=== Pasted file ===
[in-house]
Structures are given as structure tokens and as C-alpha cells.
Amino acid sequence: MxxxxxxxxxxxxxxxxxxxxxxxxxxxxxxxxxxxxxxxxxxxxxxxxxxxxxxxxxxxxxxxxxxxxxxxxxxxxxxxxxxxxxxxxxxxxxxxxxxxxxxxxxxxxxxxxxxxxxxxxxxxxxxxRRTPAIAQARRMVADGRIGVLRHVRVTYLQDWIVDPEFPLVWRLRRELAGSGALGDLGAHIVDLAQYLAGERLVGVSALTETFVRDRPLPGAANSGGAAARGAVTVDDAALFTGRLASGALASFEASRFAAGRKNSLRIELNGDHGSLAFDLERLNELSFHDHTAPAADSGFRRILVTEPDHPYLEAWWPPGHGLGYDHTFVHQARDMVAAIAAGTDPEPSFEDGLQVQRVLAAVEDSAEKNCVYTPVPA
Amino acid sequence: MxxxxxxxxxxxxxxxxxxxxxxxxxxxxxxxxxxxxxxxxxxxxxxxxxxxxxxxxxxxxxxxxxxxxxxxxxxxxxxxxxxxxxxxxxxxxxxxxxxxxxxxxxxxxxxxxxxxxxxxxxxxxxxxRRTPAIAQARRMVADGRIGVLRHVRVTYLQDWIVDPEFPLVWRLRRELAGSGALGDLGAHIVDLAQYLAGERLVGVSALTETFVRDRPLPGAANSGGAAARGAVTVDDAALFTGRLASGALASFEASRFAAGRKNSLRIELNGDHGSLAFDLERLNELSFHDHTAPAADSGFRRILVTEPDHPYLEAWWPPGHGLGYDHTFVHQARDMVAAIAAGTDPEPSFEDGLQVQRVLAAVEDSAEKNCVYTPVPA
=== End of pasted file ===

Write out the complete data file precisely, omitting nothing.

[in-house]
Structures are given as structure tokens and as C-alpha cells.
Amino acid sequence: MxxxxxxxxxxxxxxxxxxxxxxxxxxxxxxxxxxxxxxxxxxxxxxxxxxxxxxxxxxxxxxxxxxxxxxxxxxxxxxxxxxxxxxxxxxxxxxxxxxxxxxxxxxxxxxxxxxxxxxxxxxxxxxxRRTPAIAQARRMVADGRIGVLRHVRVTYLQDWIVDPEFPLVWRLRRELAGSGALGDLGAHIVDLAQYLAGERLVGVSALTETFVRDRPLPGAANSGGAAARGAVTVDDAALFTGRLASGALASFEASRFAAGRKNSLRIELNGDHGSLAFDLERLNELSFHDHTAPAADSGFRRILVTEPDHPYLEAWWPPGHGLGYDHTFVHQARDMVAAIAAGTDPEPSFEDGLQVQRVLAAVEDSAEKNCVYTPVPA
Amino acid sequence: MxxxxxxxxxxxxxxxxxxxxxxxxxxxxxxxxxxxxxxxxxxxxxxxxxxxxxxxxxxxxxxxxxxxxxxxxxxxxxxxxxxxxxxxxxxxxxxxxxxxxxxxxxxxxxxxxxxxxxxxxxxxxxxxRRTPAIAQARRMVADGRIGVLRHVRVTYLQDWIVDPEFPLVWRLRRELAGSGALGDLGAHIVDLAQYLAGERLVGVSALTETFVRDRPLPGAANSGGAAARGAVTVDDAALFTGRLASGALASFEASRFAAGRKNSLRIELNGDHGSLAFDLERLNELSFHDHTAPAADSGFRRILVTEPDHPYLEAWWPPGHGLGYDHTFVHQARDMVAAIAAGTDPEPSFEDGLQVQRVLAAVEDSAEKNCVYTPVPA